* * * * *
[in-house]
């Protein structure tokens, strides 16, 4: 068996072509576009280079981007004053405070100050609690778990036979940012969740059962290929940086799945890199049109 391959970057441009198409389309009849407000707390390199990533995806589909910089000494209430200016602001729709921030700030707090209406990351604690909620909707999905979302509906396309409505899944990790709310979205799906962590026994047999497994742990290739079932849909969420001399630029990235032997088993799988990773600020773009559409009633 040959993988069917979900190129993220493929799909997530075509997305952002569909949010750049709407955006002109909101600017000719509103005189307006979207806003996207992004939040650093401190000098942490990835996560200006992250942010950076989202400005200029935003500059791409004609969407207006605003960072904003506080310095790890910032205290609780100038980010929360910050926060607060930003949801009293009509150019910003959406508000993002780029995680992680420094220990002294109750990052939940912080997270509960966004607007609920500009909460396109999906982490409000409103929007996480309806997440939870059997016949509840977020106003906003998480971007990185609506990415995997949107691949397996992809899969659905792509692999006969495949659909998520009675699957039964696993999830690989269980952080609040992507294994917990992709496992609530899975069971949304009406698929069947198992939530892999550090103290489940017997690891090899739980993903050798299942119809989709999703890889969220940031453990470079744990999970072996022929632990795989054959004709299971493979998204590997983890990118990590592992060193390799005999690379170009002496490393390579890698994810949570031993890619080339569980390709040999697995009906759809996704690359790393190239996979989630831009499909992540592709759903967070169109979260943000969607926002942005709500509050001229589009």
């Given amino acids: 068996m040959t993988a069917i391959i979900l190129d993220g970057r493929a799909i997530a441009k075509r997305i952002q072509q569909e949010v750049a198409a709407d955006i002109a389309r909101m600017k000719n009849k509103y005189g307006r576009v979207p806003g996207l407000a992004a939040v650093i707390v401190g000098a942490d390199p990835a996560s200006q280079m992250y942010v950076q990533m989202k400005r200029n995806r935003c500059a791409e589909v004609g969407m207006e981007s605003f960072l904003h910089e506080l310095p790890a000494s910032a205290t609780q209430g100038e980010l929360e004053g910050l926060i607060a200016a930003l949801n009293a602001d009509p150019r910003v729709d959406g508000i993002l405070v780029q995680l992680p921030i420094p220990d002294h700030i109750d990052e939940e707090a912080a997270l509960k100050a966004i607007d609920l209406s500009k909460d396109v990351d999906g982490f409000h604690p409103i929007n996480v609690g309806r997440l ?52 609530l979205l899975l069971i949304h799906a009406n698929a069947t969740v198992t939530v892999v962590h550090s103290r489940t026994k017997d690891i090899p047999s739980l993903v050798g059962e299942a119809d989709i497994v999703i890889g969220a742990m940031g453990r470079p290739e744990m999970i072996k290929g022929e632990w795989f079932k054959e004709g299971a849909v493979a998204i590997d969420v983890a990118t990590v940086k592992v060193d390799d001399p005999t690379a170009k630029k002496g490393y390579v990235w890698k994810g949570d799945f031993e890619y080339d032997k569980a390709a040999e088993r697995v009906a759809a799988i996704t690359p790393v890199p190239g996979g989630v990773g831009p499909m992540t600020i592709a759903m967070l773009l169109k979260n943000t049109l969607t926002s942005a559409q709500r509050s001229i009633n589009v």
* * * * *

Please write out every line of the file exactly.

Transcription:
[in-house]
């Protein structure tokens, strides 16, 4: 068996072509576009280079981007004053405070100050609690778990036979940012969740059962290929940086799945890199049109 391959970057441009198409389309009849407000707390390199990533995806589909910089000494209430200016602001729709921030700030707090209406990351604690909620909707999905979302509906396309409505899944990790709310979205799906962590026994047999497994742990290739079932849909969420001399630029990235032997088993799988990773600020773009559409009633 040959993988069917979900190129993220493929799909997530075509997305952002569909949010750049709407955006002109909101600017000719509103005189307006979207806003996207992004939040650093401190000098942490990835996560200006992250942010950076989202400005200029935003500059791409004609969407207006605003960072904003506080310095790890910032205290609780100038980010929360910050926060607060930003949801009293009509150019910003959406508000993002780029995680992680420094220990002294109750990052939940912080997270509960966004607007609920500009909460396109999906982490409000409103929007996480309806997440939870059997016949509840977020106003906003998480971007990185609506990415995997949107691949397996992809899969659905792509692999006969495949659909998520009675699957039964696993999830690989269980952080609040992507294994917990992709496992609530899975069971949304009406698929069947198992939530892999550090103290489940017997690891090899739980993903050798299942119809989709999703890889969220940031453990470079744990999970072996022929632990795989054959004709299971493979998204590997983890990118990590592992060193390799005999690379170009002496490393390579890698994810949570031993890619080339569980390709040999697995009906759809996704690359790393190239996979989630831009499909992540592709759903967070169109979260943000969607926002942005709500509050001229589009």
């Given amino acids: 068996m040959t993988a069917i391959i979900l190129d993220g970057r493929a799909i997530a441009k075509r997305i952002q072509q569909e949010v750049a198409a709407d955006i002109a389309r909101m600017k000719n009849k509103y005189g307006r576009v979207p806003g996207l407000a992004a939040v650093i707390v401190g000098a942490d390199p990835a996560s200006q280079m992250y942010v950076q990533m989202k400005r200029n995806r935003c500059a791409e589909v004609g969407m207006e981007s605003f960072l904003h910089e506080l310095p790890a000494s910032a205290t609780q209430g100038e980010l929360e004053g910050l926060i607060a200016a930003l949801n009293a602001d009509p150019r910003v729709d959406g508000i993002l405070v780029q995680l992680p921030i420094p220990d002294h700030i109750d990052e939940e707090a912080a997270l509960k100050a966004i607007d609920l209406s500009k909460d396109v990351d999906g982490f409000h604690p409103i929007n996480v609690g309806r997440l ?52 609530l979205l899975l069971i949304h799906a009406n698929a069947t969740v198992t939530v892999v962590h550090s103290r489940t026994k017997d690891i090899p047999s739980l993903v050798g059962e299942a119809d989709i497994v999703i890889g969220a742990m940031g453990r470079p290739e744990m999970i072996k290929g022929e632990w795989f079932k054959e004709g299971a849909v493979a998204i590997d969420v983890a990118t990590v940086k592992v060193d390799d001399p005999t690379a170009k630029k002496g490393y390579v990235w890698k994810g949570d799945f031993e890619y080339d032997k569980a390709a040999e088993r697995v009906a759809a799988i996704t690359p790393v890199p190239g996979g989630v990773g831009p499909m992540t600020i592709a759903m967070l773009l169109k979260n943000t049109l969607t926002s942005a559409q709500r509050s001229i009633n589009v």